There are over 37 million people in the United States who suffer each year from migraine headaches or some form of debilitating headaches. This is one of the top ten reasons for people to miss work or school on a regular basis. On average, two to three days of school or work are missed each year due to severe or chronic headaches.
Who Gets Severe Headaches?
Severe headaches can strike young and old alike. Seventy-five percent of adolescents suffer from headaches and due to their severity and duration typically being shorter than adult headaches, they often go undiagnosed. Adolescents who suffer these extreme headaches will often have three to four a month and miss numerous school days because of them. Adults, on the other hand, will have about the same amount, but the symptoms are usually more severe and they last longer. Adults usually miss less work due to responsibilities, but it is often reported that they have less productive days when suffering from headaches.
Symptoms of a Headache or Migraine
Anyone who has suffered from a debilitating headache can tell you it is a horrible experience. Symptoms range from pounding and throbbing pain throughout the entire head to slight but chronic pain in just one area. Most people who suffer from migraines have a sensitivity to light that requires darkened rooms to reduce the pain, and they may even deal with nausea and vomiting.
Treatments for Headache Pain
There are numerous prescription medications on the market that can ease or eliminate the pain of a severe headache, but if the root cause of the problem is not resolved, then the headaches will return. Some other treatments are cold compresses, sleep, and anti-inflammatory pain medication like ibuprofen. Over 75 percent of sufferers of severe headaches deal with them with over the counter medications and do not go to see a doctor. Cervical subluxations have been implicated as a major contributing factor for headaches, which indicates that chiropractic care is likely one of the most effective treatments for headaches.
Chiropractic Care as a Relief for Headaches
Various studies have been done on the techniques and results of the correlation between chiropractic care and headache relief. The Pierce Result System was developed as a system of analysis for the correction of vertebral subluxation complex (VSC). Chiropractors found that when the components of VSC were removed, normal spinal structure would be the result, along with the restoration of proper body function and elimination of headache pain. Chiropractic Biophysics (CBP) has also been tested as an option for chiropractic relief of headaches. It is a technique that emphasizes the optimal posture and spinal alignments to help eliminate the pain.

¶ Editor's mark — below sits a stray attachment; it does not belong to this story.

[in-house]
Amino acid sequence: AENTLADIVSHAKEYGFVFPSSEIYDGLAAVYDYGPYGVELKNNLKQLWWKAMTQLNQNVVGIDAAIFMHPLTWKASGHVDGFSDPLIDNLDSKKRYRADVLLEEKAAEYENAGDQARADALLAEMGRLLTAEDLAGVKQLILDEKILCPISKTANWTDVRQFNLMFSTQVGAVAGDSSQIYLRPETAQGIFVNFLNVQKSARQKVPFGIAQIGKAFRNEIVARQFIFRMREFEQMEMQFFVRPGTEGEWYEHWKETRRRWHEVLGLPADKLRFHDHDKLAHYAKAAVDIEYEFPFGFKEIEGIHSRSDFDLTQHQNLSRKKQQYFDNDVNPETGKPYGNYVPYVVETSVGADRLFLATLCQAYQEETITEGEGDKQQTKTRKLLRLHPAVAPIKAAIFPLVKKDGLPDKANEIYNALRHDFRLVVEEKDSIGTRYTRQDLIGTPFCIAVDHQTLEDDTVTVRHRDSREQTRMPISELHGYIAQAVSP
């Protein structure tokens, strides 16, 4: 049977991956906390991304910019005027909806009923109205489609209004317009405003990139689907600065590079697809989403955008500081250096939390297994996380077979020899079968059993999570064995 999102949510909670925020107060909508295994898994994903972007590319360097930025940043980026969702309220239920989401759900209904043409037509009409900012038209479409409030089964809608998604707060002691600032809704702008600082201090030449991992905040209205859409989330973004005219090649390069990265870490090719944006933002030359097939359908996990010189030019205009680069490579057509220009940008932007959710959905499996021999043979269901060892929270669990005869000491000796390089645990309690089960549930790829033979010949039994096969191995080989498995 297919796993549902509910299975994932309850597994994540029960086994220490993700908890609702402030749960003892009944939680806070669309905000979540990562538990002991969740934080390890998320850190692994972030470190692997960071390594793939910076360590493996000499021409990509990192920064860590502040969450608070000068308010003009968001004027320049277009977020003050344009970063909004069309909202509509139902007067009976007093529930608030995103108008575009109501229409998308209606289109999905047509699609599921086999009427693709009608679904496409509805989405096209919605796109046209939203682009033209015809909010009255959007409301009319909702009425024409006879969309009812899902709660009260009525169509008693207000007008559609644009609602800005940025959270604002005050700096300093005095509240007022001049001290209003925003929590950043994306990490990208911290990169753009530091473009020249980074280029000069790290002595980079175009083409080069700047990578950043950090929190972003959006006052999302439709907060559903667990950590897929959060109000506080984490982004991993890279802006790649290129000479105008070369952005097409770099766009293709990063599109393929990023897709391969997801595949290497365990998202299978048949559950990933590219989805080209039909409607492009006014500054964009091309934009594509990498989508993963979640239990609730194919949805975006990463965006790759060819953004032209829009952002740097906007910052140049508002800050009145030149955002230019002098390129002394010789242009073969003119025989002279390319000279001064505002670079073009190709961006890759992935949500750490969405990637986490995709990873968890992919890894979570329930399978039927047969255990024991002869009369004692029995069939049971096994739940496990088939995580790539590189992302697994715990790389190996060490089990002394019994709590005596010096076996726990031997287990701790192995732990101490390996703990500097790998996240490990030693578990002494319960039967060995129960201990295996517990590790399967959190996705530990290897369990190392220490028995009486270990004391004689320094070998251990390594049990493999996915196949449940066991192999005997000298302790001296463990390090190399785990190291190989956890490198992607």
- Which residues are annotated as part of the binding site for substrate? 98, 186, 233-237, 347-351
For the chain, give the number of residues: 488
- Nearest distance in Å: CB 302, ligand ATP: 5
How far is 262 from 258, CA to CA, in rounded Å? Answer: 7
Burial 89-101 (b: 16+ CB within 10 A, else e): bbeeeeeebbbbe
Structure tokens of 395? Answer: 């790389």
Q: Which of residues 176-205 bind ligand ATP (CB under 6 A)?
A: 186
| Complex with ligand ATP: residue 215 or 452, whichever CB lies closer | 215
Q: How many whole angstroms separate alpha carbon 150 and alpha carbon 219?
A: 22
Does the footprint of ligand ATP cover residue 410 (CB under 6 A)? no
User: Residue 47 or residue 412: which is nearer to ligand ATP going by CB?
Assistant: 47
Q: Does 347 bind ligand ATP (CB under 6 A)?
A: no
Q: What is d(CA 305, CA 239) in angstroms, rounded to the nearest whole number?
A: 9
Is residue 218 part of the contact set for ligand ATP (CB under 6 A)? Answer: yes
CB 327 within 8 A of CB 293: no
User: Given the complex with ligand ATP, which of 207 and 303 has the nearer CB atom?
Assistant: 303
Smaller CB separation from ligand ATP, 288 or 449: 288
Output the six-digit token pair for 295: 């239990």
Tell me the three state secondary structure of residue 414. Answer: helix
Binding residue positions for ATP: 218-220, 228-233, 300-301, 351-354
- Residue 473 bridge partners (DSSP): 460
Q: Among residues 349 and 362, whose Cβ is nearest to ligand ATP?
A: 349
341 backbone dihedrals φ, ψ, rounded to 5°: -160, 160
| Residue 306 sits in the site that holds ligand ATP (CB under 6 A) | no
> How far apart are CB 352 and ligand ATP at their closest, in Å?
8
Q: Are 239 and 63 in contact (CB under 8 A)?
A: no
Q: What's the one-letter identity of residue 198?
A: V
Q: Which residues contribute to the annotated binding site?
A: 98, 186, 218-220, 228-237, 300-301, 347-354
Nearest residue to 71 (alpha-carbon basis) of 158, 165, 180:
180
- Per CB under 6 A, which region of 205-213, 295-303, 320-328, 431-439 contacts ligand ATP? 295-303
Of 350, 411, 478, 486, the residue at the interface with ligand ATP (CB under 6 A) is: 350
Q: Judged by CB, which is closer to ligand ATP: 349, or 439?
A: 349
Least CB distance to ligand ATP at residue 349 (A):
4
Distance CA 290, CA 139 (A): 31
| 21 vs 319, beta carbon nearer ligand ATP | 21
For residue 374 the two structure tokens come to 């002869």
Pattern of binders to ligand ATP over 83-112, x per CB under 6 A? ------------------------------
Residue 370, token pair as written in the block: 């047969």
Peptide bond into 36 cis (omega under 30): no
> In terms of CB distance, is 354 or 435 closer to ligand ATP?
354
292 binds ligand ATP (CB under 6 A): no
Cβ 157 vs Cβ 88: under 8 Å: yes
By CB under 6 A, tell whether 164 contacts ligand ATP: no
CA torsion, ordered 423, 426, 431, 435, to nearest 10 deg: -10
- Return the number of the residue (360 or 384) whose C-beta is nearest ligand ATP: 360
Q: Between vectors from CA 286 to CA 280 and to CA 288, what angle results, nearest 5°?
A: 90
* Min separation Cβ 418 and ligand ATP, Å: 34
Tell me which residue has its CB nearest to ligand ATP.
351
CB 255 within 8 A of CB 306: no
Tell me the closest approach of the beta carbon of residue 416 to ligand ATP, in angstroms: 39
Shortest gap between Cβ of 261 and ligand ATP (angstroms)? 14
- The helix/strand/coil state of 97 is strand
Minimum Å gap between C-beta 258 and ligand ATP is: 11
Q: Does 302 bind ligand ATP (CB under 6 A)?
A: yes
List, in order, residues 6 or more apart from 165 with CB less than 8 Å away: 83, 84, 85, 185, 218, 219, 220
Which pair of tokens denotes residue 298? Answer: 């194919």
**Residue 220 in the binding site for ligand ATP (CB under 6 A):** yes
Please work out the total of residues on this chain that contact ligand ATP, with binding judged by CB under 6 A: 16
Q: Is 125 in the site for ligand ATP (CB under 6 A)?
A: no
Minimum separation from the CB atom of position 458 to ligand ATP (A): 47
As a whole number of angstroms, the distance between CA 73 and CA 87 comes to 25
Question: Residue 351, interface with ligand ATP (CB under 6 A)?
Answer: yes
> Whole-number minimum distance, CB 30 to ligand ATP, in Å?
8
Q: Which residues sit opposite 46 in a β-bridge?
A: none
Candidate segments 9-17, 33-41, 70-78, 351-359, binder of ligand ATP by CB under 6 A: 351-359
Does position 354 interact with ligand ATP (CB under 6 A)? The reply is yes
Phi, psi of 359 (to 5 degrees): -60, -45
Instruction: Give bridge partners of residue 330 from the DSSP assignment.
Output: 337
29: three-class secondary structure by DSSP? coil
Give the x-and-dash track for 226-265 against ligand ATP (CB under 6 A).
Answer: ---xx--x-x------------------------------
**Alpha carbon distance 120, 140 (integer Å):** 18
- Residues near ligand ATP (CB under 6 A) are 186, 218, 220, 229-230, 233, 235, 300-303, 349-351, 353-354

Cessation of Headaches through Chiropractic Procedures
In addition to the techniques listed above, a case study published in 2010 showed a correlation between chiropractic adjustments and a patient performing cervical stretches twice daily on their own, resulting in relief from headaches. The interesting result of this study was that the headaches and neck pain were reported to have subsided after the first week of treatment. These studies have shown that chiropractic treatments and procedures are effective for a large number of people in assisting with the relief of headache pain.
If you are ready to try chiropractic care for your headaches, don’t hesitate to contact Greater Life Chiropractic to set an appointment and begin care.
Berner, N., DeMaria, C. “Improvement of Migraines in a Child Following Cervical Curve Correction Using the Pierce Results System.” Journal of Pediatric, Maternal, and Family Health, 2013 June: 47-53.
Kelly, D.D., Hold, K. “Resolution of Vertigo, Migraines and Neck Pain in a 12 Year Old Boy Receiving Chiropractic Care – A Case Study.” Journal of Pediatric, Maternal, and Family Health, 2010 Sept: 150-153.
Oakley, P.A., Chaney, S.J., Chaney, T.A., Maddox, A. “Resolution of Chronic Headaches Following Reduction of Vertebral Subluxation in an 8-Year-Old Utilizing Chiropractic Biophysics Technique.” Journal of Pediatric, Maternal, and Family Health, 2011 Aug: 82-86.